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International Women’s Day is upon us. It arrives amid a period of not just political but technological disruption. There is a digital tsunami charging toward us that will change the way we live and work.

But there’s a growing body of evidence suggesting that the new technologies set to dramatically alter our lives will widen the existing inequality gap even further. And that includes gender inequality.

Just last year, a tech giant was forced to scrap an artificial intelligence employment recruitment tool because it appeared to dislike female job candidates.

Why? Amazon’s computer models were trained to select ideal applicants by observing résumés submitted over a decade. Most of those résumés came from men, reflecting the male-dominated tech industry. As a result, the unique attributes of female candidates were woefully undervalued by the AI job recruiter. AI, in this instance, was simply perpetuating the same gender discrimination and inherent biases of the past, but without a social objective to do better.

AI certainly has the potential to become a great societal equalizer. But that’s only if the technology is designed by all of us. If there’s a lack of diversity among those who program AI, then there could be a lack of diversity in the outcome of what that technology provides us. And so it’s never been more critical to ensure women have a seat at the table as AI is developed to ensure that biases built into the data are laid bare, identified and dealt with.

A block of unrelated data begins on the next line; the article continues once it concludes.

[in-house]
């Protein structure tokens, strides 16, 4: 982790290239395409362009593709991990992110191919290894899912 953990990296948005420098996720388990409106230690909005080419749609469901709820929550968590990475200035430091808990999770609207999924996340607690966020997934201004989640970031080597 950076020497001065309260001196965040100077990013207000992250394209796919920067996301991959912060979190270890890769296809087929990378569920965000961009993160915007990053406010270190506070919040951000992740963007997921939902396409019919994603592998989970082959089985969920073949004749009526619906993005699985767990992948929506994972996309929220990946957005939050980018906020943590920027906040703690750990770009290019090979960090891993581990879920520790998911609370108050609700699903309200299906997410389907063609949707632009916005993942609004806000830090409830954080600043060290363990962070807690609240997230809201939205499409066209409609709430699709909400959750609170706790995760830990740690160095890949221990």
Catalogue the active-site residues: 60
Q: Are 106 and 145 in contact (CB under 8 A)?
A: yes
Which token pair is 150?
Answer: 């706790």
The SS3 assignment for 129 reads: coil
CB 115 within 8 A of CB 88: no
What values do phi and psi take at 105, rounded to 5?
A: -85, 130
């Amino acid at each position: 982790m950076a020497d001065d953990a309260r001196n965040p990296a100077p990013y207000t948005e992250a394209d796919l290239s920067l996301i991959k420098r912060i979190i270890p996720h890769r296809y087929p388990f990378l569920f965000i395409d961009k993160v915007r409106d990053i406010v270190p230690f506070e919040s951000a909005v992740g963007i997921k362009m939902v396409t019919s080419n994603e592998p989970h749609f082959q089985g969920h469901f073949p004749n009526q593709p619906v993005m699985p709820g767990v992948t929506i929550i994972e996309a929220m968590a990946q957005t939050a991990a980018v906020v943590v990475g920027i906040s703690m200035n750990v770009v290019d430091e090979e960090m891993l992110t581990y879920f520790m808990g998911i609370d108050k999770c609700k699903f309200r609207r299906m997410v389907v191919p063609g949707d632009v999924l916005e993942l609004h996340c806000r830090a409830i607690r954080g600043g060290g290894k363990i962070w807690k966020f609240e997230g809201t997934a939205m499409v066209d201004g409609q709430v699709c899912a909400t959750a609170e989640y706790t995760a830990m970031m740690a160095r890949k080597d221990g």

Rather than perpetuating past biases, we must issue a call on this International Women’s Day to demand that as many women as men are intricately involved in the development of AI and other revolutionary technologies.

Why is this so important? Because in the latest Global Gender Gap report, the World Economic Forum reported that only 22 per cent of AI professionals globally are female, compared with 78 per cent who are male. That’s a serious and dangerous gender gap.

Tech companies and industry leaders must do all they can to reverse that trend. A good start is ensuring more women and girls are encouraged to pursue careers in the science, technology, engineering and mathematics (STEM) fields – not just in Canada, but around the world. A second opportunity is to bring technology acumen to the industries that women dominate – health care, education and finance.

Here’s an inspiring but cautionary tale of the challenges girls face on this front. The Afghan Dreamers, an all-girl robotics team from Afghanistan, were awarded the Rookie Inspiration Award at the FIRST Robotics World Championship in Detroit last spring. The Afghan girls triumphed despite skeptical and unsupportive family members, limited STEM educational resources and discrimination from their local scientific community.

These attitudes are not unique to Afghanistan. Some of us have experienced similar attitudes right here in Canada. We may have been discouraged by our male science teachers, by guidance counsellors, in university course selection sessions or by our bosses.

But it’s a proven fact that having women in corporate boardrooms enhances a company’s bottom line. And so, too, will their involvement in developing AI and other game-changing technologies. The presence of women will undoubtedly lead to the identification of new problems to solve and innovative ways to solve them.

There must be a public and political will to do better and be better when it comes to gender equality in tech – and fast. The tsunami approaches, and women and girls must be ready to ride the wave to a more equitable society.

Cathy Cobey is the EY Global Trusted AI Advisory Leader.

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